RELEASED: September 4th 2020 – October 9th 2020
DISTRIBUTED BY: Amazon
EXECUTIVE PRODUCERS: Eric Kripke, Seth Rogen, Evan Goldberg, James Weaver, Neal H. Moritz, Pavun Shetty, Ori Marmur, Dan Trachtenberg, Ken F. Levin, Craig Rosenberg, Phil Sgriccia & Rebecca Sonnenshine
WRITTEN BY: Erik Kripke, Rebecca Sonnenshine, Craig Rosenberg, Michael Saltzman, Ellie Monahan & Anslem Richardson
DIRECTED BY: Philip Sgriccia, Liz Friedlander, Steve Boyum, Fred Toye, Batan Silva, Sarah Boyd, Stefan Schwartz & Alex Graves
MUSIC BY: Christopher Lennertz
STARRING: Karl Urban, Jack Quaid, Laz Alonso, Tomer Capon, Karen Fukuhara, Anthony Starr, Erin Moriarty, Dominique McElligott, Jessie T. Usher, Chance Crawford, Colby Minifie, Aya Cash, Shantel VanSanten, Laila Robins, Claudia Doumit, Shawn Ashmore & Giancarlo Esposito
REVIEW: After the surprising revelation last season that Billy Butcher’s wife is alive, and has been raising Homelander son in hiding, ‘the Boys’, now the most-wanted people in America, return to continue their war against Vought and the superhuman community, in the hopes of recovering Butcher’s wife, reuniting M.M. with his family and exonerating themselves of all percieved crimes. Meanwhile, the Seven introduce a new member, the charismatic Stormfront, who plans to weaponise her social media presence to influence the creation of even more superheroes.
While I did very much enjoy the first season of The Boys, a key issue I had with it is that it seemed to dance around the premise of the comics it was adapting. I’ve not read a lot of The Boys, nor am I, as of yet, a big fan of the (comic) series, but the characters in the books seem a lot more entrenched in, and capable of, pursuing their war against ‘supes’.
The key difference between the book and the television series is probably that the comic book characters aren’t beyond using the super-power-dispensing ‘Compound V’ to level the playing field. Of course, the show sidesteps this, keeping the central protagonists predominantly depowered. That’s fine, I’m all on board with that. But it also means that realistically, they can’t really stand a chance against most of the superheroes they fight, and are instead just scrambling from one escape to the next.
The point I’m getting at is after the season one plot point of dealing with Translucent, the Boys haven’t actually done much superhero-fighting. They’ve schemed against Vought, but we don’t get many opportunities to see why these particular characters are a part of the group. They’re rarely coming up with clever ways to bring down superheroes, as the initial premise would suggest, and instead they’re just sort of inhabiting this weird, messed-up world, firing guns at bullet-proof people.
Fortunately, this series, characters like Frenchie, Mother’s Milk and Kimiko get fleshed out a fair bit, making them far more interesting than they were the last go around, with Karen Fukuhara and her co-stars giving great performances. Hughie still remains an affable presence, and Karl Urban’s Butcher continues to be a crude, deplorable delight. His British accent seems to have stabilised somewhat, something that becomes even more focused when interacting with actual British actors.
However, due to all the aforementioned extreme underdog nature of those characters, and in general just the way the show is written (lacking opportunities to really prove their capability), the Seven continue to be vastly more interesting than the majority of our protagonists. Alongside Urban (and Nathan Mitchell as the silent, hilarious Black Noir), Anthony Starr’s portrayal as Homelander continues to be a stand-out of the show, and the way he portrays the entitled, depraved nature of this Superman-gone-wrong really makes it worth watching.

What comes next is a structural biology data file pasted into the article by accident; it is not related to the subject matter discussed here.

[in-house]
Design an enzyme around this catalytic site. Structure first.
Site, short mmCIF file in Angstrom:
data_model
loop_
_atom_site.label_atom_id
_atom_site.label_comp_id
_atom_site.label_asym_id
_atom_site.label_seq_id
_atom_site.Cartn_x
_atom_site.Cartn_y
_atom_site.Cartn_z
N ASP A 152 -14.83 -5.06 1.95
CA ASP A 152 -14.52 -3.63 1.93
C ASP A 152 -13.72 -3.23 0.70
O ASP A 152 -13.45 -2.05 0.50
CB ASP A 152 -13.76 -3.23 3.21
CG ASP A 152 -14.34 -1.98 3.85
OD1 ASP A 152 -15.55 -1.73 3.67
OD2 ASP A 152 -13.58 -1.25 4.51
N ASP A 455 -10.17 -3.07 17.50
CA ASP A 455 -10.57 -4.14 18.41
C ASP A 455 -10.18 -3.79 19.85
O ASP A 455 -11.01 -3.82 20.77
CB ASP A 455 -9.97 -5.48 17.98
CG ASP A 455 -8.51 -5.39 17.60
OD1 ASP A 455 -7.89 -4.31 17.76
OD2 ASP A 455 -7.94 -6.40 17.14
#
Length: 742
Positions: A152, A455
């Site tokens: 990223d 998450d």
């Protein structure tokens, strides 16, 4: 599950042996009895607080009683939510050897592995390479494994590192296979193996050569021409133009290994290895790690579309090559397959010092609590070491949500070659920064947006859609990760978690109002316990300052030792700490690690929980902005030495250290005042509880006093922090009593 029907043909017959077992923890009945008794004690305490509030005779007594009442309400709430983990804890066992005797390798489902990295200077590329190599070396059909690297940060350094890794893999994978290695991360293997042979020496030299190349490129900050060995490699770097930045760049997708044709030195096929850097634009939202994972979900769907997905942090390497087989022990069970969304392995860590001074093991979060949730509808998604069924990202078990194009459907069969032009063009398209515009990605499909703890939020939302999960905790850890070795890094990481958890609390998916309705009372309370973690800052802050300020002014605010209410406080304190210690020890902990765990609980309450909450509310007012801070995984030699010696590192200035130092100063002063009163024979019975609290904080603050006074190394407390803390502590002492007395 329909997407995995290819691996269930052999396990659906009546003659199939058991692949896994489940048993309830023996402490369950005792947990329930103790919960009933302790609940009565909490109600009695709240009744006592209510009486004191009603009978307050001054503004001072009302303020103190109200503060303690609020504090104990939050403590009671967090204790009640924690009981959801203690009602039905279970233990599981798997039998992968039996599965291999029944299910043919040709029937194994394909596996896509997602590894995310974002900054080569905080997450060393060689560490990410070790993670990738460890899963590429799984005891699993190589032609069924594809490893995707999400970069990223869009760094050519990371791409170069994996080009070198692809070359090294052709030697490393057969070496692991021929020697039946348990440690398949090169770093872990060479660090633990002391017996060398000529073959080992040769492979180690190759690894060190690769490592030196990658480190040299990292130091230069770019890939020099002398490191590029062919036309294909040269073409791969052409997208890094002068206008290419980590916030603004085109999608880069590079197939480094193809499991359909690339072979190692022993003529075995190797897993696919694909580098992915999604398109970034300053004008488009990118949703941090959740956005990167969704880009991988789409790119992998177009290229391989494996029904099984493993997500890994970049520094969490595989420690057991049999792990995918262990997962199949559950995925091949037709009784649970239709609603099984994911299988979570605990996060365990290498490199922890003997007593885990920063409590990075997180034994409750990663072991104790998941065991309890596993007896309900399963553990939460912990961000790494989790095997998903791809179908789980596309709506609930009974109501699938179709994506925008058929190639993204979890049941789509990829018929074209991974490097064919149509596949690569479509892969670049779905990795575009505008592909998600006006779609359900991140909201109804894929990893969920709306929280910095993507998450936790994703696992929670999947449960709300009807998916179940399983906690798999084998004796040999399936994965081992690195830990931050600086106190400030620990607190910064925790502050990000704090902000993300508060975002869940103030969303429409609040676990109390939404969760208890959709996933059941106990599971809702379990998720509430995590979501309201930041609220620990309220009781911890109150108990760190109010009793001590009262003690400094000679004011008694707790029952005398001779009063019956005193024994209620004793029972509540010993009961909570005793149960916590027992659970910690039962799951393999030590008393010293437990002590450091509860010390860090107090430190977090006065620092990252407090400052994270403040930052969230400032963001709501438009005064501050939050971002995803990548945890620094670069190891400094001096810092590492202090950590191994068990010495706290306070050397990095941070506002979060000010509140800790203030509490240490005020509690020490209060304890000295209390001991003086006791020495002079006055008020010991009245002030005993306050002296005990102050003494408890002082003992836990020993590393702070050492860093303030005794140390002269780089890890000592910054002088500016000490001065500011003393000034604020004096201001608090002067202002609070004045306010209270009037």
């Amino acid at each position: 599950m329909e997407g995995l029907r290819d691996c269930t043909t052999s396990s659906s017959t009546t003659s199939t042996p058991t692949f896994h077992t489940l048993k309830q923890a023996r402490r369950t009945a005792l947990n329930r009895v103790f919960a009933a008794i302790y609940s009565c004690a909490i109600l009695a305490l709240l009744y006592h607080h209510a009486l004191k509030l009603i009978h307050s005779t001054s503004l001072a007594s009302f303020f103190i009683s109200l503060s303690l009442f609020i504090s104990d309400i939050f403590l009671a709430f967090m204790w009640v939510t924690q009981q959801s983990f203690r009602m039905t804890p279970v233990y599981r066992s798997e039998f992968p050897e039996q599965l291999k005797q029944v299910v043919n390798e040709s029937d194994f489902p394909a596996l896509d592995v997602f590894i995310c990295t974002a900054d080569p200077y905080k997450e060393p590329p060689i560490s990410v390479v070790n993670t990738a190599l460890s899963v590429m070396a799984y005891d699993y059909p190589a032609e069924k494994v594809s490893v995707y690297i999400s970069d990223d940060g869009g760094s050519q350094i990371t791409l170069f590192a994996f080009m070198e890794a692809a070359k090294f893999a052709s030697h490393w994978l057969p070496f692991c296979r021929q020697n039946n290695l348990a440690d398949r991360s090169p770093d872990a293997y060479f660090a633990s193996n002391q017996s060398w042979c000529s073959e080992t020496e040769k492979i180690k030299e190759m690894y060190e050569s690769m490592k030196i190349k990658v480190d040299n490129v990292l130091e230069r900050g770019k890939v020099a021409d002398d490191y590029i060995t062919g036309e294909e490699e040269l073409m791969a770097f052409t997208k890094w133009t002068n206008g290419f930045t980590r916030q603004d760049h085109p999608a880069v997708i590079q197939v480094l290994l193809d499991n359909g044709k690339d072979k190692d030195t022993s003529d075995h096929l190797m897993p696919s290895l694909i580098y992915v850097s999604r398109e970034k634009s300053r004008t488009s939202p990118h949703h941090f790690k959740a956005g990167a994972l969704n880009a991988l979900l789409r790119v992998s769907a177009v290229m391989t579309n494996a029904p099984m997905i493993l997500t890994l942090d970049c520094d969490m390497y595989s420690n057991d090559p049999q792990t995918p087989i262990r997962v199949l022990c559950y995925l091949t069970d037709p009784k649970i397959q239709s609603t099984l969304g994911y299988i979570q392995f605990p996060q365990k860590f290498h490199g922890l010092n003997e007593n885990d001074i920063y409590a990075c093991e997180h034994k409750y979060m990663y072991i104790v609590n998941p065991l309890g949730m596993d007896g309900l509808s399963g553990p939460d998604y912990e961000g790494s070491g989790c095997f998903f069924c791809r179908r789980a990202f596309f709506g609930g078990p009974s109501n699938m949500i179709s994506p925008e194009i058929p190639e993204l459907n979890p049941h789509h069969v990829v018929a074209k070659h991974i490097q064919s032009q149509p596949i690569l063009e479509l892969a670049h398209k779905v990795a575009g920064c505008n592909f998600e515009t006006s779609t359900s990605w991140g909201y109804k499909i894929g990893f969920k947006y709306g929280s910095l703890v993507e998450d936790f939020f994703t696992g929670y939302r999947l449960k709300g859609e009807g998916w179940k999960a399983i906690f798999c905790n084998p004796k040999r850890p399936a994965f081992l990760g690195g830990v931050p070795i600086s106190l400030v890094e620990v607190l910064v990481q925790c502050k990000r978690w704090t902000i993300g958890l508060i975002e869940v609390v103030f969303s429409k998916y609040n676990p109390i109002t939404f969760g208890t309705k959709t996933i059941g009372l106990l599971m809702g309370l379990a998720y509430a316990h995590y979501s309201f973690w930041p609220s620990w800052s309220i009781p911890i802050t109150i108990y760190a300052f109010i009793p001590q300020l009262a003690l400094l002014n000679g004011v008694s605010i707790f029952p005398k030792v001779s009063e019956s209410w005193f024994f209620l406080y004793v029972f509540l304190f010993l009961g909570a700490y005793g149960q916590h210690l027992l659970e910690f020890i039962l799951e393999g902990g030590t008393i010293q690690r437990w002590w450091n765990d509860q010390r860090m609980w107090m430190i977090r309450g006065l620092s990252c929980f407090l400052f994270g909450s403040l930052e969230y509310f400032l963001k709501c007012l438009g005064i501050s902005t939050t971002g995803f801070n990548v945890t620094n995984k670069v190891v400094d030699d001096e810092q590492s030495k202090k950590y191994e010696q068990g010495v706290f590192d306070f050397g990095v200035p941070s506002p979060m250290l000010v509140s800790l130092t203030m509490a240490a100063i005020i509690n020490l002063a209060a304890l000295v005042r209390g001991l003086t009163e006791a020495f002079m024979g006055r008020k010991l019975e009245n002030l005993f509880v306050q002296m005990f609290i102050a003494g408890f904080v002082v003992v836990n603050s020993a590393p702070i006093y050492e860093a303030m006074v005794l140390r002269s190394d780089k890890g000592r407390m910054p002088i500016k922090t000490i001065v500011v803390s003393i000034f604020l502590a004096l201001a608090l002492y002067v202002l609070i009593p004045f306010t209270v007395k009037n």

Queen Maeve also steps up this time around, and addition of new hero / series villain Aya Cash as Stormfront is perfection. She really makes her character feel like someone who would likely exist in the real world (sans-powers) with all the hate speech and cries of ‘white genocide’ going on in current times. The use of contemporary social issues does wonders when it comes to making these outlandish situations more relatable, and seeing them tackle such things head on (‘Me too’ last season and white supremacy this time around) makes for a very different and interesting new take on the superhero story.
The brutality of the show also seems to have stepped it up a notch, with heads exploding or being crushed with alarming frequency, bisection aplenty, acid burns, disintegration, neck snaps, gunshots, and explosions all among the characters arsenals against one another. If you’re not a gore fan, then stay well away, but if you’re down for that stuff then you’re going to have a great time.
Despite my qualms, there’s something about this show that makes it so moreish. I delayed watching this season until yesterday afternoon, and as with season one, once I started I just couldn’t stop. Despite it’s occassional lack of forward motion, it’s just so bingeable, and with the characters constantly improving, the world constantly becoming more interesting, and the visuals becoming more intense, I’m excited to see where the show goes next.
Especially since, in a similar way to how Preacher did a season of set-up before truly coming into line with the comic series (travelling around America looking for God), The Boys seems to end in a place that it’s finally wanting to become more in-line with the comic book series, with some caveats, of course.
All-in-all, I give The Boys – Season Two…
Thanks for reading! What did you think of The Boys season 2? Should the Boys fight ‘supes’ more frequently, or are they fine as they are? Let me know in the comments below!
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